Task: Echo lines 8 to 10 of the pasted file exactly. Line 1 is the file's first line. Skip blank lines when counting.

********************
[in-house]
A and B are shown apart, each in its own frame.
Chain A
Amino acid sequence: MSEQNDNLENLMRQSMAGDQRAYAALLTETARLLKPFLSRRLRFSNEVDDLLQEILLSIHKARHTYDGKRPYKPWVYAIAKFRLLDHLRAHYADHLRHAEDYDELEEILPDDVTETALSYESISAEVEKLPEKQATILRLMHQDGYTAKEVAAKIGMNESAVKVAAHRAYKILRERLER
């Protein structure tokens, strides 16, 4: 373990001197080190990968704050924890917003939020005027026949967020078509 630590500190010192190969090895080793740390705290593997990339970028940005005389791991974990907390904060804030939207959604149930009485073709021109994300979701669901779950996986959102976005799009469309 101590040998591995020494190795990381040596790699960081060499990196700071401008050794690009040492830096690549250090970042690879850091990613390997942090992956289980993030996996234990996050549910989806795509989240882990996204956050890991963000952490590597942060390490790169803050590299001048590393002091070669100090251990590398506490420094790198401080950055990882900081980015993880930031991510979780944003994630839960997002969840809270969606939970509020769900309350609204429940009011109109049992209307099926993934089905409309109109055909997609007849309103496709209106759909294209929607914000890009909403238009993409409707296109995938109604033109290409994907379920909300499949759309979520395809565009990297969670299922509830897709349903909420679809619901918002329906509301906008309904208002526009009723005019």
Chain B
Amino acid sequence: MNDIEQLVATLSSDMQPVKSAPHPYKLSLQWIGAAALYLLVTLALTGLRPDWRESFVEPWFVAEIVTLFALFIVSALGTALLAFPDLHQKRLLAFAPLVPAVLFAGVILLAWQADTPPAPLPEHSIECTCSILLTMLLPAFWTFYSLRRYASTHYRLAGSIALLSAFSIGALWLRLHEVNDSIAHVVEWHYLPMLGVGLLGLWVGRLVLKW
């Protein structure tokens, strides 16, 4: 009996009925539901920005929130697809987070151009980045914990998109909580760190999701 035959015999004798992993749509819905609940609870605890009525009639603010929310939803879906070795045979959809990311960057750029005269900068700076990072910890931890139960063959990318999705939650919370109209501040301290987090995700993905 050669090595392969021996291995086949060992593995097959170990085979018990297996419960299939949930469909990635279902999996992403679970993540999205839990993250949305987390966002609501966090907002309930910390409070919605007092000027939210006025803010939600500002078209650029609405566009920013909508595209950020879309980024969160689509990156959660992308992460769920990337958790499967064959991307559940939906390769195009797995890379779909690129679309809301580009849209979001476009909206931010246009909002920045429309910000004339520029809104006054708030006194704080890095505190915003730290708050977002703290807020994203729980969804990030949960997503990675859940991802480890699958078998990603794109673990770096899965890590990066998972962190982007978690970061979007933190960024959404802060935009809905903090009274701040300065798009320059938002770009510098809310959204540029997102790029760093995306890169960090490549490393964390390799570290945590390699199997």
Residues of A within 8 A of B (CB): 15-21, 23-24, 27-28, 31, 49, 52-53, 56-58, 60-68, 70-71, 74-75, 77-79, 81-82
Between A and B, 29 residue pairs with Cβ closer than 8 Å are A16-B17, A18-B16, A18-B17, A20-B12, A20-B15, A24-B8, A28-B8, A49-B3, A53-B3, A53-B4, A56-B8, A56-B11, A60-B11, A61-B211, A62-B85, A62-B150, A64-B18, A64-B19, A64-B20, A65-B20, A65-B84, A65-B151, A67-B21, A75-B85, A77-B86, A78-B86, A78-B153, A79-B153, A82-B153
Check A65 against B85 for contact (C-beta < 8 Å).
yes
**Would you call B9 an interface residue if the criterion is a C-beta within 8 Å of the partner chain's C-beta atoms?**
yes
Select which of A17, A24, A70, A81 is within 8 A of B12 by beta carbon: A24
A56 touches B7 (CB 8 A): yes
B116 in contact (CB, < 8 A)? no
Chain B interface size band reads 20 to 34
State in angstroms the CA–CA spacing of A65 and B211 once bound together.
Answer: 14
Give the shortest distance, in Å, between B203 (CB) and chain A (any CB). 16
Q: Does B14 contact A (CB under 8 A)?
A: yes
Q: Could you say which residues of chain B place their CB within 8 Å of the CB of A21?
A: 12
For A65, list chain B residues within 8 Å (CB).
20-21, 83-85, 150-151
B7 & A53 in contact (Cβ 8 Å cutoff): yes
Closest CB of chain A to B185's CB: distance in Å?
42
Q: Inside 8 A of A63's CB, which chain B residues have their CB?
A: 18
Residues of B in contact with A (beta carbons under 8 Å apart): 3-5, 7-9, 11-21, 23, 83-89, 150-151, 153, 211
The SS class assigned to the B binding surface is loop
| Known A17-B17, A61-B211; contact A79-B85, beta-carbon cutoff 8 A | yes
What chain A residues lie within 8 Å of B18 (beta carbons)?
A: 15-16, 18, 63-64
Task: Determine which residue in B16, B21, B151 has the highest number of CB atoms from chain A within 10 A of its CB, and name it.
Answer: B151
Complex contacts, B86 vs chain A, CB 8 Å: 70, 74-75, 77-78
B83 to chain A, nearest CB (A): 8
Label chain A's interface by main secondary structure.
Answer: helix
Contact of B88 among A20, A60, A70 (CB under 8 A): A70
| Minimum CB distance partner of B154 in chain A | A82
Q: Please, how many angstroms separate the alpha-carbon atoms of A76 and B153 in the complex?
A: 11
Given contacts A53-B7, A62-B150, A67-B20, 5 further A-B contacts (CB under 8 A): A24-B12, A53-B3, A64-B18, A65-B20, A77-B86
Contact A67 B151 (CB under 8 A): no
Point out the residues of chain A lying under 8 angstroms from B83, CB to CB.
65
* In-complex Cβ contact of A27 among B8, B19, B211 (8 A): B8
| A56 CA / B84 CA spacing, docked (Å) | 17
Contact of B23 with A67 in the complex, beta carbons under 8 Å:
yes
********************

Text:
């Protein structure tokens, strides 16, 4: 009996009925539901920005929130697809987070151009980045914990998109909580760190999701 035959015999004798992993749509819905609940609870605890009525009639603010929310939803879906070795045979959809990311960057750029005269900068700076990072910890931890139960063959990318999705939650919370109209501040301290987090995700993905 050669090595392969021996291995086949060992593995097959170990085979018990297996419960299939949930469909990635279902999996992403679970993540999205839990993250949305987390966002609501966090907002309930910390409070919605007092000027939210006025803010939600500002078209650029609405566009920013909508595209950020879309980024969160689509990156959660992308992460769920990337958790499967064959991307559940939906390769195009797995890379779909690129679309809301580009849209979001476009909206931010246009909002920045429309910000004339520029809104006054708030006194704080890095505190915003730290708050977002703290807020994203729980969804990030949960997503990675859940991802480890699958078998990603794109673990770096899965890590990066998972962190982007978690970061979007933190960024959404802060935009809905903090009274701040300065798009320059938002770009510098809310959204540029997102790029760093995306890169960090490549490393964390390799570290945590390699199997």
Residues of A within 8 A of B (CB): 15-21, 23-24, 27-28, 31, 49, 52-53, 56-58, 60-68, 70-71, 74-75, 77-79, 81-82
Between A and B, 29 residue pairs with Cβ closer than 8 Å are A16-B17, A18-B16, A18-B17, A20-B12, A20-B15, A24-B8, A28-B8, A49-B3, A53-B3, A53-B4, A56-B8, A56-B11, A60-B11, A61-B211, A62-B85, A62-B150, A64-B18, A64-B19, A64-B20, A65-B20, A65-B84, A65-B151, A67-B21, A75-B85, A77-B86, A78-B86, A78-B153, A79-B153, A82-B153